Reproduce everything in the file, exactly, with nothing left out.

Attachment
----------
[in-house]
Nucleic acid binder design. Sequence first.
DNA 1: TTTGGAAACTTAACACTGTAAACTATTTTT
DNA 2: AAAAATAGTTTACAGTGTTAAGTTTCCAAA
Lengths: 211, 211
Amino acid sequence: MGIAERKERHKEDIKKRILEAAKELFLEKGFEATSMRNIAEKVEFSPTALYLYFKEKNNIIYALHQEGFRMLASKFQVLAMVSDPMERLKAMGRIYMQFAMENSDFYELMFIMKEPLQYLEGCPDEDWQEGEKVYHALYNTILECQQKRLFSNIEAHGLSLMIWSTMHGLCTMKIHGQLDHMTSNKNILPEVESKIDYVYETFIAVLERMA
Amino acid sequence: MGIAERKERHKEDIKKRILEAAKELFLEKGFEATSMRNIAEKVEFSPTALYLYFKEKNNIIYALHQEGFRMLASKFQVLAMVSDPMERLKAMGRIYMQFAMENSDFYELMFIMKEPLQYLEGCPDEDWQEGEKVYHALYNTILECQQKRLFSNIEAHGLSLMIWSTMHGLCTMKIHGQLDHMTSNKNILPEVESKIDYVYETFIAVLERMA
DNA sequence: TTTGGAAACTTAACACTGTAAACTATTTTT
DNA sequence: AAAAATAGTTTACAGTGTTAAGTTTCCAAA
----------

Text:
[in-house]
Nucleic acid binder design. Sequence first.
DNA 1: TTTGGAAACTTAACACTGTAAACTATTTTT
DNA 2: AAAAATAGTTTACAGTGTTAAGTTTCCAAA
Lengths: 211, 211
Amino acid sequence: MGIAERKERHKEDIKKRILEAAKELFLEKGFEATSMRNIAEKVEFSPTALYLYFKEKNNIIYALHQEGFRMLASKFQVLAMVSDPMERLKAMGRIYMQFAMENSDFYELMFIMKEPLQYLEGCPDEDWQEGEKVYHALYNTILECQQKRLFSNIEAHGLSLMIWSTMHGLCTMKIHGQLDHMTSNKNILPEVESKIDYVYETFIAVLERMA
Amino acid sequence: MGIAERKERHKEDIKKRILEAAKELFLEKGFEATSMRNIAEKVEFSPTALYLYFKEKNNIIYALHQEGFRMLASKFQVLAMVSDPMERLKAMGRIYMQFAMENSDFYELMFIMKEPLQYLEGCPDEDWQEGEKVYHALYNTILECQQKRLFSNIEAHGLSLMIWSTMHGLCTMKIHGQLDHMTSNKNILPEVESKIDYVYETFIAVLERMA
DNA sequence: TTTGGAAACTTAACACTGTAAACTATTTTT
DNA sequence: AAAAATAGTTTACAGTGTTAAGTTTCCAAA